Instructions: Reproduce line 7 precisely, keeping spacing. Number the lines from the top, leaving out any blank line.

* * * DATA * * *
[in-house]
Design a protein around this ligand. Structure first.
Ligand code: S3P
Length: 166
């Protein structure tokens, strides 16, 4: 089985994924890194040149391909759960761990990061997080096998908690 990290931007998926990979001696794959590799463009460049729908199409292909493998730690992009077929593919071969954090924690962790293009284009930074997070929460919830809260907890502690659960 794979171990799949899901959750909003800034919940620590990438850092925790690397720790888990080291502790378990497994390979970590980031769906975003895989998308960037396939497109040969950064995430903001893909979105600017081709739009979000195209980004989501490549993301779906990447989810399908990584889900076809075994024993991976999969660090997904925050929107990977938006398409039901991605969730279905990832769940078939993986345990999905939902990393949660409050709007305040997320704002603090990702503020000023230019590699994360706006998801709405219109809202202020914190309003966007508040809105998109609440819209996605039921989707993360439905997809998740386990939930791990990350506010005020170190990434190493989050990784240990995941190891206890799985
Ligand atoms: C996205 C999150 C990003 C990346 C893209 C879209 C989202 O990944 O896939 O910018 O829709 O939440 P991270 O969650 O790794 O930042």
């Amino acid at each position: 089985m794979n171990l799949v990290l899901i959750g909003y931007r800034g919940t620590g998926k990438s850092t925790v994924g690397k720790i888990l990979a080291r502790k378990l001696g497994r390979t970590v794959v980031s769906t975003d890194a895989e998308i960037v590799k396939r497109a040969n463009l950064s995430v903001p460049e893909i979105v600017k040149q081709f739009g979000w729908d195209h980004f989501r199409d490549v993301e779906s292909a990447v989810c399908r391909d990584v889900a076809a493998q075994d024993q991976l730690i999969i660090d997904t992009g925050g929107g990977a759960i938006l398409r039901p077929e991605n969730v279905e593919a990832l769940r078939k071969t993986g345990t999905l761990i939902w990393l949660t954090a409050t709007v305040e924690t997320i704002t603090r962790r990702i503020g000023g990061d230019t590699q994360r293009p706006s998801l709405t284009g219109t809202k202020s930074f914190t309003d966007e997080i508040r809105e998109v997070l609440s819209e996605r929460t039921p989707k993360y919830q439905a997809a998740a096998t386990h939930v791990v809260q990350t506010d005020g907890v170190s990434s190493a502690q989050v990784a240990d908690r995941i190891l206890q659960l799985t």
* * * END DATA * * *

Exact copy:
């Amino acid at each position: 089985m794979n171990l799949v990290l899901i959750g909003y931007r800034g919940t620590g998926k990438s850092t925790v994924g690397k720790i888990l990979a080291r502790k378990l001696g497994r390979t970590v794959v980031s769906t975003d890194a895989e998308i960037v590799k396939r497109a040969n463009l950064s995430v903001p460049e893909i979105v600017k040149q081709f739009g979000w729908d195209h980004f989501r199409d490549v993301e779906s292909a990447v989810c399908r391909d990584v889900a076809a493998q075994d024993q991976l730690i999969i660090d997904t992009g925050g929107g990977a759960i938006l398409r039901p077929e991605n969730v279905e593919a990832l769940r078939k071969t993986g345990t999905l761990i939902w990393l949660t954090a409050t709007v305040e924690t997320i704002t603090r962790r990702i503020g000023g990061d230019t590699q994360r293009p706006s998801l709405t284009g219109t809202k202020s930074f914190t309003d966007e997080i508040r809105e998109v997070l609440s819209e996605r929460t039921p989707k993360y919830q439905a997809a998740a096998t386990h939930v791990v809260q990350t506010d005020g907890v170190s990434s190493a502690q989050v990784a240990d908690r995941i190891l206890q659960l799985t």